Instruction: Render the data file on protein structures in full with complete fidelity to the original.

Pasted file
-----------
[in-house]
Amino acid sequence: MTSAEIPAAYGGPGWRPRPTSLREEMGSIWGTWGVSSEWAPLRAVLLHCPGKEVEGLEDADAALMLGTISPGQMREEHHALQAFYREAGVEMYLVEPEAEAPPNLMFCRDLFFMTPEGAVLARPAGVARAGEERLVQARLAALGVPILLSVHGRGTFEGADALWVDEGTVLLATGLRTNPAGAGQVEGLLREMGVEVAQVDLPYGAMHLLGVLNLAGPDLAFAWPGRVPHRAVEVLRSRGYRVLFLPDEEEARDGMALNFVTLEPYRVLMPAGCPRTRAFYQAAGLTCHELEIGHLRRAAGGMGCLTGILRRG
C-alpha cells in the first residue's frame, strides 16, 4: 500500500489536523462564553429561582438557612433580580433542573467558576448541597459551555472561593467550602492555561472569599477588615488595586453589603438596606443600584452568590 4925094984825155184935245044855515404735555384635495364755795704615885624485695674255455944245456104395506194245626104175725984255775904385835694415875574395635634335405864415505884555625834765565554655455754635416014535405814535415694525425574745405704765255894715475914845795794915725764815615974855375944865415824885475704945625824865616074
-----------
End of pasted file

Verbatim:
[in-house]
Amino acid sequence: MTSAEIPAAYGGPGWRPRPTSLREEMGSIWGTWGVSSEWAPLRAVLLHCPGKEVEGLEDADAALMLGTISPGQMREEHHALQAFYREAGVEMYLVEPEAEAPPNLMFCRDLFFMTPEGAVLARPAGVARAGEERLVQARLAALGVPILLSVHGRGTFEGADALWVDEGTVLLATGLRTNPAGAGQVEGLLREMGVEVAQVDLPYGAMHLLGVLNLAGPDLAFAWPGRVPHRAVEVLRSRGYRVLFLPDEEEARDGMALNFVTLEPYRVLMPAGCPRTRAFYQAAGLTCHELEIGHLRRAAGGMGCLTGILRRG
C-alpha cells in the first residue's frame, strides 16, 4: 500500500489536523462564553429561582438557612433580580433542573467558576448541597459551555472561593467550602492555561472569599477588615488595586453589603438596606443600584452568590 4925094984825155184935245044855515404735555384635495364755795704615885624485695674255455944245456104395506194245626104175725984255775904385835694415875574395635634335405864415505884555625834765565554655455754635416014535405814535415694525425574745405704765255894715475914845795794915725764815615974855375944865415824885475704945625824865616074